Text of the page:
Ashli Sims, News On 6
TULSA, Oklahoma -- Tulsa Public Schools unveiled a new tool to find out just how effective your child's teacher is. It's a new and controversial technique.
Until now, we've really relied on one way to measure teachers and schools and that's state exams. Those who did poorly on state tests were labeled bad schools or low performing. Those who did well were heralded as great schools and high performing.
This new tool says that's not the whole picture. The new system is called value-added. It doesn't just look at a final test score; it measures the growth of that score. It also eliminates the effect of factors outside of the classroom, like socioeconomic background and attendance.
The result: you can drill down to see if a teacher is boosting scores, regardless if they have low-achieving students or high-performing ones.
For example, Eugene Field Elementary School may not look successful on the surface--only 51 percent of its students are on grade level in reading and 63 percent are on grade level in math--but when you look at the value-added numbers, your opinion might change.
In reading, TPS' average growth rate is a 3 out of 5, but Field students are growing faster than that with an average of 3.4. In math, their results are even better. The district average remains a 3, but Field students are growing almost a full point faster than TPS' average.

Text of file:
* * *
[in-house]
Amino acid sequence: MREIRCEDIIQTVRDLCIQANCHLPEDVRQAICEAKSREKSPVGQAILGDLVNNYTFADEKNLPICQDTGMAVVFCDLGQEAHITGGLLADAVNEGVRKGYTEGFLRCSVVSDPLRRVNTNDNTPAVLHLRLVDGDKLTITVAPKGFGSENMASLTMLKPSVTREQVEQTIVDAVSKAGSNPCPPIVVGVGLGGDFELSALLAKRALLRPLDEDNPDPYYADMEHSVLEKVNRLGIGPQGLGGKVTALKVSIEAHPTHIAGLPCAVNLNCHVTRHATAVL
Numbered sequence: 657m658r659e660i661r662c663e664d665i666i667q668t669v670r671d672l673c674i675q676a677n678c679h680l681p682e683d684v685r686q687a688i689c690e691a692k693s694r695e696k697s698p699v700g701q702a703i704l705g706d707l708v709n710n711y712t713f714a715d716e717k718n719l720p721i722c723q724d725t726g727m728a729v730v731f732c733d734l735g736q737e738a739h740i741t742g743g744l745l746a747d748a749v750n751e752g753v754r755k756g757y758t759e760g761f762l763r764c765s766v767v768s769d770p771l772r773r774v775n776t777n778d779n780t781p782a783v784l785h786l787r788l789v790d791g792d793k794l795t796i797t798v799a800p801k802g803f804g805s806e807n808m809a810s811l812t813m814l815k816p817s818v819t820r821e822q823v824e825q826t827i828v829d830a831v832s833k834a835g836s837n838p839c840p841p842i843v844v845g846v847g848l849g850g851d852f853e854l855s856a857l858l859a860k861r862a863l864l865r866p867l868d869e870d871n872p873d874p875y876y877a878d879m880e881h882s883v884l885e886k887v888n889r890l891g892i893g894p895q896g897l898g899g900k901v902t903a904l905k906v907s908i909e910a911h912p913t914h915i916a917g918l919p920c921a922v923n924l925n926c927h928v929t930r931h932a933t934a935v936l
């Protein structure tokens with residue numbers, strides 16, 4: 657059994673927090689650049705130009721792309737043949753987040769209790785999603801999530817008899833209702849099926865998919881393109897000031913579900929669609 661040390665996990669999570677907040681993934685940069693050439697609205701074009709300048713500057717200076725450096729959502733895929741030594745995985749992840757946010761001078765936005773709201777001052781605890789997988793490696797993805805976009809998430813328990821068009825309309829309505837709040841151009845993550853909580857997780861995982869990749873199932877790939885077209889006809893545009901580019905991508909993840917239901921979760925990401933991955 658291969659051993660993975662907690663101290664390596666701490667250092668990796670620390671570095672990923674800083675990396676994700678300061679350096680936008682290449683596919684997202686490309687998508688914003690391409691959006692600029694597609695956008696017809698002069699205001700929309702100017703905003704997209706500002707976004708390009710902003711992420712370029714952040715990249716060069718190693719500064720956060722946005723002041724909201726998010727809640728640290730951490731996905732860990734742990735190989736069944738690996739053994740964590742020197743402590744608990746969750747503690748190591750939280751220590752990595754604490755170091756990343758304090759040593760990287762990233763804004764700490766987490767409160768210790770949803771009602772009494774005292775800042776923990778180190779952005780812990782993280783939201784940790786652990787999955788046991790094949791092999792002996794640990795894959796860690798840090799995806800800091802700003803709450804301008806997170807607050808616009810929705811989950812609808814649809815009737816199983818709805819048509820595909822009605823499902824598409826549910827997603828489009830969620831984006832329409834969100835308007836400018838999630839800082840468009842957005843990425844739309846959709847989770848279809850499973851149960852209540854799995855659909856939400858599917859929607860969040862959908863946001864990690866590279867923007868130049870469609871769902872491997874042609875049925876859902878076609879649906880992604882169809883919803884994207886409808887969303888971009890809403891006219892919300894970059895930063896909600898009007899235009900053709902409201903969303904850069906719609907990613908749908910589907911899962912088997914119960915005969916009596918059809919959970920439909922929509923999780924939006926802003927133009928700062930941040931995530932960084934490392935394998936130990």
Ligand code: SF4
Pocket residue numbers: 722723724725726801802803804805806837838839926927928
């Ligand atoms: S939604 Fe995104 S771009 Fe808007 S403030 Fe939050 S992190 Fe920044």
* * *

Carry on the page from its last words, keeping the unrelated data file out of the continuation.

The following schools have great reputations, but may not be doing as well as you think:
Wright Elementary has more than 80 percent of their students on grade level in math, which is pretty great. But the value-added data indicates the average Wright math scores aren't growing at the same rate as the district average, in fact when it comes to growth they're falling behind what they're capable of. But is that fair with Wright's scores being so high?
Take a look at Carnegie Elementary. It's arguably one of the highest performing schools in the district. If it was a matter of simply topping out they would be below the district average too. But the value added data shows Carnegie students aren't just testing well; they're growing their scores faster than the district average.
TPS says this kind of data proves Field teachers are doing something right and they want to replicate that throughout the district.
"Tulsa public schools is adamant and very determined that there will be an effective teacher in every single classroom. And this is an important component in insuring that there is an effective teacher in every single classroom. It is what makes the difference," said TPS Superintendent Dr Keith Ballard.
The system is controversial, because it will soon be part of the way teachers are graded. A new law says a system like this has to make up more than a third of a teacher's annual evaluation.
TPS leaders say it's possible for great test scores to mask the fact that students aren't learning as much as they should.